After an intense round of quarterfinal competitions, the 2012/13 Bon Vivant Cook-off Series is down to four contestants with the finalists to be determined this week.
The annual competition, which is only open to resident amateur chefs, will culminate at the 2013 Cayman Cookout Bon Vivant Taittinger Champagne Brunch on Sunday, 20 January. The ultimate winner of the competition will receive a trip for two to New York City on Cayman Airways and hotel accommodation at The Ritz-Carlton. Once in New York, they will attend Food & Wine Magazine’s Best New Chef event and have lunch in Eric Ripert’s flagship restaurant, Le Bernardin.
Last week’s quarterfinals featured two doubleheaders of competitions. On Tuesday, 4 December, Marty Tammemagi – cooking solo – edged out Cody Bush and his trusty assistant Anthony Lawson. This was the second time both of the contestants had participated in the cook-off.
Mr. Tammemagi impressed the judges with perfectly cooked mahi mahi, which was served with homemade gnocchi in a coconut sauce. Mr. Bush swung for the fences with local lobster Wellington with a spicy mango sauce, but with only 45 minutes to cook the dish and pressed for time at the end, the pastry on the Wellington came out just a little under-cooked.
After a quick kitchen clean-up, first-time contestant Sarah Bourke took on returning competitor Jacqueline Hastings. Hastings’ pan-seared scallops and citrus soy glaze over asparagus and Cayman citrus coulis served with wasabi mashed potatoes didn’t have a great deal of local ingredients – one of the judging criteria – but it had just enough taste and presentation to get past Ms Bourke’s ambitious “Lionfish Invasion” – lionfish cooked three different ways.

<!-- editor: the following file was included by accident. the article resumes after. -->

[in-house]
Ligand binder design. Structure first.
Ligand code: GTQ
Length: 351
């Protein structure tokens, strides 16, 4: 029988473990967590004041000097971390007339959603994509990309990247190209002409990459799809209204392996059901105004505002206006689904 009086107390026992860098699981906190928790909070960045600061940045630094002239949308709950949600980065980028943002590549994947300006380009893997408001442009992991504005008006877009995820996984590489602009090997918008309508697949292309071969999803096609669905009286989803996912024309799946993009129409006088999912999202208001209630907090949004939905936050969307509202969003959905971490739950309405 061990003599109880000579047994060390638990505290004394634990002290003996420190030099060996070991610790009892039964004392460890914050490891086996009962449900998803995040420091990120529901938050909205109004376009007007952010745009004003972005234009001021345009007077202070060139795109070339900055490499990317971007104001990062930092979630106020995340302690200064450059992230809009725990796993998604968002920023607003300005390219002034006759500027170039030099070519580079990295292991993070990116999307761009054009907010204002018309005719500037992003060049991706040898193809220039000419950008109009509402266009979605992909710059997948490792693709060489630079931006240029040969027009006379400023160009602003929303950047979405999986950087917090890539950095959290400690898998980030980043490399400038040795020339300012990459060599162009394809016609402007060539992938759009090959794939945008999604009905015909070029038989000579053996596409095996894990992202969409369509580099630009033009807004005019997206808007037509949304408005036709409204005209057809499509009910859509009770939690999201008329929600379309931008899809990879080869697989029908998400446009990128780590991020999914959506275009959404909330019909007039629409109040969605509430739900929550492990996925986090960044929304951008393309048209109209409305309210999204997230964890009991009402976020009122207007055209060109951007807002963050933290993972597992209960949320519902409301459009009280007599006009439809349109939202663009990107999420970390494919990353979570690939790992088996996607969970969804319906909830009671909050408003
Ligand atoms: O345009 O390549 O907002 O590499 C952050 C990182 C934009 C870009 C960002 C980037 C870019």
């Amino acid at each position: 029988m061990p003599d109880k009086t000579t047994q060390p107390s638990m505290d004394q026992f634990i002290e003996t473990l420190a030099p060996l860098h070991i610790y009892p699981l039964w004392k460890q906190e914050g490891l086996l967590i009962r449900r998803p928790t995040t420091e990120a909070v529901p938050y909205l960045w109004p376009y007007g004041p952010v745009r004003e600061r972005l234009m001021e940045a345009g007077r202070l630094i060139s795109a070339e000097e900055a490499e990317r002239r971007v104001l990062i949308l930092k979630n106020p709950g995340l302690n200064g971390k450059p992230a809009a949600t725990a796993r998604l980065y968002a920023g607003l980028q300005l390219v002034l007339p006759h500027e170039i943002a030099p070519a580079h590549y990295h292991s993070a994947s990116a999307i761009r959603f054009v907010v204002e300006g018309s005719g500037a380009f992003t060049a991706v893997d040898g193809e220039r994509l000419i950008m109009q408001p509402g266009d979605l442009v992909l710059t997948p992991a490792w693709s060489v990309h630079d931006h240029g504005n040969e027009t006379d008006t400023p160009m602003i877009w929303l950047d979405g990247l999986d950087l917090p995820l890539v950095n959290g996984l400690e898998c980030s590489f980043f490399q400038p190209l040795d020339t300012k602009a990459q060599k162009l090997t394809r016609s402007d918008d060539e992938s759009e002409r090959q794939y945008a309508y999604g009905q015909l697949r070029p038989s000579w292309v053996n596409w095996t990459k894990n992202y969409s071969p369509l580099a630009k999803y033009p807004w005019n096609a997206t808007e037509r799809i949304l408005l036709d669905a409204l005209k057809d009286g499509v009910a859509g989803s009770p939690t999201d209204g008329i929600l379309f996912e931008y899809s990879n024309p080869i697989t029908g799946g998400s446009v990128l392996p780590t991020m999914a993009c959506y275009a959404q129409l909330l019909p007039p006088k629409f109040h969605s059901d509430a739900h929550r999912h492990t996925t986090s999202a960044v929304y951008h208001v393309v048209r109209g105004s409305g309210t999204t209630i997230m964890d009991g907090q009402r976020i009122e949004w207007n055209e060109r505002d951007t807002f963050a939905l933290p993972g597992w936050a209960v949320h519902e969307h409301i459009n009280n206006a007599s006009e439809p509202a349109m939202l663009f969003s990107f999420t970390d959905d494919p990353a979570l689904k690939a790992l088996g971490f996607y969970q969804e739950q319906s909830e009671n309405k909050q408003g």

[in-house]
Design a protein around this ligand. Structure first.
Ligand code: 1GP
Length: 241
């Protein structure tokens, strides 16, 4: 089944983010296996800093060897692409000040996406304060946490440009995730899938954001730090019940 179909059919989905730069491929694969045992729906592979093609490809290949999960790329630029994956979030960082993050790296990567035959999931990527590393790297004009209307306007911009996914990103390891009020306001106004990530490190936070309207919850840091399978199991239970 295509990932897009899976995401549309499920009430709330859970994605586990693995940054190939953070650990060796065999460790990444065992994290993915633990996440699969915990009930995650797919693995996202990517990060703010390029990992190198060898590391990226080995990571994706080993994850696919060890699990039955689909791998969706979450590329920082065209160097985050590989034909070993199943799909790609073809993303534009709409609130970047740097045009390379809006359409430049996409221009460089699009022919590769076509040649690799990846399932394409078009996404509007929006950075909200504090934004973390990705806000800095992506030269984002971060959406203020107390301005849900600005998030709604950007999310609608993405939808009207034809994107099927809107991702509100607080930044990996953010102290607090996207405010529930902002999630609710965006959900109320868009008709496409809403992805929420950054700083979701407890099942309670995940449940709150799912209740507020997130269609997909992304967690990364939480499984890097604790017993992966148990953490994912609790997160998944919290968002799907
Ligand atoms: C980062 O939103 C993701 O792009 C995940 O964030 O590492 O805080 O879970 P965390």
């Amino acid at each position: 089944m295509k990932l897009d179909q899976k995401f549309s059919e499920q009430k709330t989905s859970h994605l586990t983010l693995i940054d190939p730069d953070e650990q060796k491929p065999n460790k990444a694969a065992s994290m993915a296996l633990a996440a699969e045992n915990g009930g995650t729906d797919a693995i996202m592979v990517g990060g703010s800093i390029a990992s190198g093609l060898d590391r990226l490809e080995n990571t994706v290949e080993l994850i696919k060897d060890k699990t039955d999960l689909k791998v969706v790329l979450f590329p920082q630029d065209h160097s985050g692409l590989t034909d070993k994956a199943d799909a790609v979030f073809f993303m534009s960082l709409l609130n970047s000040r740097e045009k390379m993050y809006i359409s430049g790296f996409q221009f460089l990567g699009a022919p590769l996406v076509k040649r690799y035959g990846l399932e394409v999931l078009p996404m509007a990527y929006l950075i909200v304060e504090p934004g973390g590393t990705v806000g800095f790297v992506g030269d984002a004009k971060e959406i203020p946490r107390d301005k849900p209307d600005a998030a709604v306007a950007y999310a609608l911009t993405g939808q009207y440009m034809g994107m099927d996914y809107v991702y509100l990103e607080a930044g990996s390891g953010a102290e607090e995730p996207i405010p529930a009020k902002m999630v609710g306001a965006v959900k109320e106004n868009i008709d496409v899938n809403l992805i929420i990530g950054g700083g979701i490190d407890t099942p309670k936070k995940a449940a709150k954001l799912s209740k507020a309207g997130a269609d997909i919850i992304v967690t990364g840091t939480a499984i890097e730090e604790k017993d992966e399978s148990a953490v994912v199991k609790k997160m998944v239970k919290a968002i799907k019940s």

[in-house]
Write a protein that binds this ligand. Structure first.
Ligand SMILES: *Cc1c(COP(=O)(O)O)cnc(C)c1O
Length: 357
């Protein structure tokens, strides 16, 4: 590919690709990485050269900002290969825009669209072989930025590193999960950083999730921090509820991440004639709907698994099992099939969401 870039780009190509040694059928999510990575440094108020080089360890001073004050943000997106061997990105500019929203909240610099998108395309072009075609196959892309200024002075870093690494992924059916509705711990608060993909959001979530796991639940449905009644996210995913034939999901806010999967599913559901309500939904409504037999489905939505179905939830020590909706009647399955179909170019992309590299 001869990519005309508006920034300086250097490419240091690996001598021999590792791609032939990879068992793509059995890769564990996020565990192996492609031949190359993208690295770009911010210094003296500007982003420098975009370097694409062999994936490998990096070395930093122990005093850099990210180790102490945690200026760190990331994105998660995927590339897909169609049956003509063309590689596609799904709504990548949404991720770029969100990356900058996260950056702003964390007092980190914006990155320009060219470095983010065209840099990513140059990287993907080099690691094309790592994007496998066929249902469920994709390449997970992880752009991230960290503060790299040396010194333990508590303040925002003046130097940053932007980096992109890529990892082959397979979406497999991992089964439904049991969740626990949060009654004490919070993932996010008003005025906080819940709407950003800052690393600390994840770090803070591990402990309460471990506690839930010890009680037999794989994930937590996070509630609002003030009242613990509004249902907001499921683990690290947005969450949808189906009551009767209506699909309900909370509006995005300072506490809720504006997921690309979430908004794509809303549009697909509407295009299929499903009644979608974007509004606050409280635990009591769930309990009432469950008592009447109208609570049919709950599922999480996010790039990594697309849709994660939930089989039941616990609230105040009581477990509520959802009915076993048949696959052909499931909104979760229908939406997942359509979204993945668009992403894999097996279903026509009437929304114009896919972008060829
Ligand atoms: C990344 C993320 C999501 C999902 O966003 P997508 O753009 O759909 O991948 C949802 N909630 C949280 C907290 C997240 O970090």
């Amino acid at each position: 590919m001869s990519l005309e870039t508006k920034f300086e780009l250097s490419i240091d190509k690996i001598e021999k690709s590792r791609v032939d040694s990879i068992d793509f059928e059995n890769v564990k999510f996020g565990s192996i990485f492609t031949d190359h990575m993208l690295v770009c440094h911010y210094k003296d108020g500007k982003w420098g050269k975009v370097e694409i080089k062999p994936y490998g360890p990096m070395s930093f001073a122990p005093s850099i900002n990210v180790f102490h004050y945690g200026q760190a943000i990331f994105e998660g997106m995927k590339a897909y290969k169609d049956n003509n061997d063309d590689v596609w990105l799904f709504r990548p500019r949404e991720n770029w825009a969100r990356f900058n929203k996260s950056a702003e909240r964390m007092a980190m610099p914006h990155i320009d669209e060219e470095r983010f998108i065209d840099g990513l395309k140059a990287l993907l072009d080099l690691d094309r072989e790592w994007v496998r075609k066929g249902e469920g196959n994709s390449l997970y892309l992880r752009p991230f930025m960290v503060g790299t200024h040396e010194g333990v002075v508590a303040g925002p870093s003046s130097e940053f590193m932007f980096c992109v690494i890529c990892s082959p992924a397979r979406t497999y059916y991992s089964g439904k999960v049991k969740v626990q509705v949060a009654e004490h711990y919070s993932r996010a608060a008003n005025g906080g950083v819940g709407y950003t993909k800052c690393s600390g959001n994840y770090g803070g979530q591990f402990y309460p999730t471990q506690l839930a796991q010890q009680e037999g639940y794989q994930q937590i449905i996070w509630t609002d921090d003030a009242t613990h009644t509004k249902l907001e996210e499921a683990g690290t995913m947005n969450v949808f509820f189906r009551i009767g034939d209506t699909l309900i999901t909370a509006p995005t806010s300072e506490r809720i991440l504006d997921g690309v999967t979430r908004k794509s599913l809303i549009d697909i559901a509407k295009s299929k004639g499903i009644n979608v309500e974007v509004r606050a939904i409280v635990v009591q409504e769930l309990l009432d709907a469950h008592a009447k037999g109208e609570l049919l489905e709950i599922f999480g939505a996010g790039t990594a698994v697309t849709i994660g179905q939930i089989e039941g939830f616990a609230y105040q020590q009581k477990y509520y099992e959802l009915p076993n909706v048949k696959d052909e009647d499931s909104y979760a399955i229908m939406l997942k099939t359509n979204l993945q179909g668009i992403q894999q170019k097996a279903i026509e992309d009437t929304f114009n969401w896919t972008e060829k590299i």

Ms Hastings will now take on Mr. Tammemagi in the first semifinal, Tuesday night starting at 6pm.
On Wednesday, Maureen Cubbon, who is competing in her fourth Cook-off Series, narrowly defeated competition newcomer Megan Timmons. Both cheftestants impressed the judges with colourful and flavourful dishes, with Ms Timmons having a clear edge on presentation. However, cooking on a stove top she was unfamiliar with, Ms Timmons did not get her pan hot enough to crisp the skin on her pan-seared red snapper, causing her to lose points.
Ms Cubbon, who used 11-year-old Justin Derrick as her assistant, prepared local lamb chops, which were served over homemade paneer cheese and sauteed local callaloo and kale along with local root vegetable rosti.
In the end, Ms Cubbon won the competition by a single point in a rare split decision by the judges.
The final quarterfinal featured two first-time competitors, 19-year-old Emily DeCou and Michael Treacy. Ms DeCou probably used more local ingredients than any other competitor in making her entree, which included grilled jerk-seasoned conch, mashed breadfruit and a mixed-green salad with citrus dressing.
Mr. Treacy countered with “Three Lions on our Plate”, a trio of lionfish preparations. Although the judges were impressed by Ms DeCou’s ambitious effort, they were particularly impressed by the taste of all three lionfish preparations and they gave the victory to Mr. Treacy who, along with his assistant Neville Hicks, will advance to the semi-finals against Ms Cubbon this Wednesday starting at 6pm.